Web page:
Not just one serval, but two! And a surprise camp.
Ngorongoro Crater Viewpoint
This is one of my most favourite places on this earth. I will never tire of seeing this view of the Ngorongoro Crater from above.
When we came to Tanzania with our friends Lyn and Chris in 2016 for their very first safari, Chris was totally overwhelmed when we arrived at this point, and for the first time on the trip exclaimed: “WOW”. He is not normally a 'wow-man', so that was saying something.
Lyn and Chris we unable to accompany us on this trip, but we did manage to sort out a second best – having brought large photographs of them with us to recreate this 'wow-moment' in this place.
Nyati Picnic Site
We stop for lunch at a designated site overlooking the crater. Hoping guests will leave a few crumbs behind, there are always a lot of birds to be found here.
Red Collared Widowbird - an exciting lifer!
Common Bulbul and Baglafecht Weaver
White Necked Raven - another lifer
Black Kite circling above
As we are eating, the temperatures suddenly falls considerably, and soon we feel the arrival of large, heavy rain drops. Getting a little wet along the way, we hurriedly return to the car to continue on our journey. We still have a couple of hours' drive before we even reach Serengeti National Park at Naabi Hill Gate, and then there is a further half an hour drive to our camp.
When the heavens open and we get a torrential rain shower, Malisa starts to worry about a certain river we have to cross on the way. As we are on the only road to Serengeti in this area, it would be a major problem if we were to be unable to get across.
When the rain stops, the road becomes steamy in the oppressive heat.
Here in the Ngorongoro Conservation Area, we often see wild animals intermingling with domestic sheep, goats or cattle; or even humans, such as here.
Zebra mum with her three day old baby
We are initially concerned when we see this tiny baby lying motionless next to his mother, but much to our relief, he eventually sits up.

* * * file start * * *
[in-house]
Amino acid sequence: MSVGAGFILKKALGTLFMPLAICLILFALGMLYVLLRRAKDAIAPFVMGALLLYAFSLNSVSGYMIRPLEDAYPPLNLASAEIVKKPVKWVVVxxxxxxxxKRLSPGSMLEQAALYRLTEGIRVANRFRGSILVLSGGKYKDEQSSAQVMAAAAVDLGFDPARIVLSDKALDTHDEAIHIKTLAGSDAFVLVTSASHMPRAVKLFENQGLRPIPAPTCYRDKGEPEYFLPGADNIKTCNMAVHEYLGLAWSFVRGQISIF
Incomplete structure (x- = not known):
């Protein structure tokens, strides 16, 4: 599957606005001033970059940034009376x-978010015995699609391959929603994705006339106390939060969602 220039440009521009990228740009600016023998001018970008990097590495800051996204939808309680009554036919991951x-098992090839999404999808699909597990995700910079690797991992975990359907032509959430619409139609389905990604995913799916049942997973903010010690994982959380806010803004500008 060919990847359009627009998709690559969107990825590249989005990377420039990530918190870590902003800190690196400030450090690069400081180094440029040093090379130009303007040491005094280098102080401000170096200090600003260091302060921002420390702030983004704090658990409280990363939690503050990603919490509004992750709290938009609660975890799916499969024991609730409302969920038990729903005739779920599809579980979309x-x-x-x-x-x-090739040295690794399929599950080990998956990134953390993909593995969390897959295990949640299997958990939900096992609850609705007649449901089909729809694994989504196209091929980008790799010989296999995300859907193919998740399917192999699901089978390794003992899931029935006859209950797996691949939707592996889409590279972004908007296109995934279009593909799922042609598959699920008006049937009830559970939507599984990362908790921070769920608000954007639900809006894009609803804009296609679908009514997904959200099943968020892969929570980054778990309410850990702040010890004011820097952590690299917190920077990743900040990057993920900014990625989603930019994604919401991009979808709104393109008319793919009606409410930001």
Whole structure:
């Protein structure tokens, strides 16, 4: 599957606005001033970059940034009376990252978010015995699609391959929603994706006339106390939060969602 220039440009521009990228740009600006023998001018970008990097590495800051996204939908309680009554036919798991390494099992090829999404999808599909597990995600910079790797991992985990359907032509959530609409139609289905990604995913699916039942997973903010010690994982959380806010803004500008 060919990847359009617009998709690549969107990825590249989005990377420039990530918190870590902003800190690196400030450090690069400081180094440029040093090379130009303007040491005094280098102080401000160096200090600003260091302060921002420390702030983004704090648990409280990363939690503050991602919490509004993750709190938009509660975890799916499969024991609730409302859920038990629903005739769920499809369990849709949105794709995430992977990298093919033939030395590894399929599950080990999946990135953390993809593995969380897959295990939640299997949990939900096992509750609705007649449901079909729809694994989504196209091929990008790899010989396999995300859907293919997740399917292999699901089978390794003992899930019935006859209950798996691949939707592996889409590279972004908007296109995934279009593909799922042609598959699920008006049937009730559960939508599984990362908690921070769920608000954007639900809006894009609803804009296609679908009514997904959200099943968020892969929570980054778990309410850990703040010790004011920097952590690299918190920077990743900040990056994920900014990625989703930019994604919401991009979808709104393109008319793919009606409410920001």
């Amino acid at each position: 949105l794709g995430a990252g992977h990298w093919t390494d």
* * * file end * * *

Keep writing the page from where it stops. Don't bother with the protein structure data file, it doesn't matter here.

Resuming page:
It looks like the ink ran out during the printing process of this one.
This sculpture is new since we were here last, some fifteen months ago – advertising Oldupai Gorge, AKA The Cradle of Mankind, where hominid footprints were found and a new museum has opened up.
The skulls are not life sized
As we make our way across the area known as the Short Grass Plains, we see the tail end of the migration – the horizon is dotted with the black outlines of wildebeest making their way to the Ndutu area for the birth of their babies.
We have now arrived at the river crossing that Malisa was worried about previously. He gingerly makes his way through the flooded river, and thankfully we make it to the other side without incident. Phew!
Vultures on a carcass
A number of various vultures have descended on a predator's leftovers, and have now eaten so much they are unable to fly for the moment.
Look at this guy at the front: he is so full he can't even move, let alone fly!
This family consists of seven babies who are around two-three months old. Unusually, we only see one female adult: male ostriches have been known to take a harem of up to fifteen concubines!
To think how wet and muddy everything was earlier – look at the dust generated here by the other car!
Migratory Abdim's Storks flying in from Europe
We see a couple of hyenas strutting their stuff, before 'getting intimate'.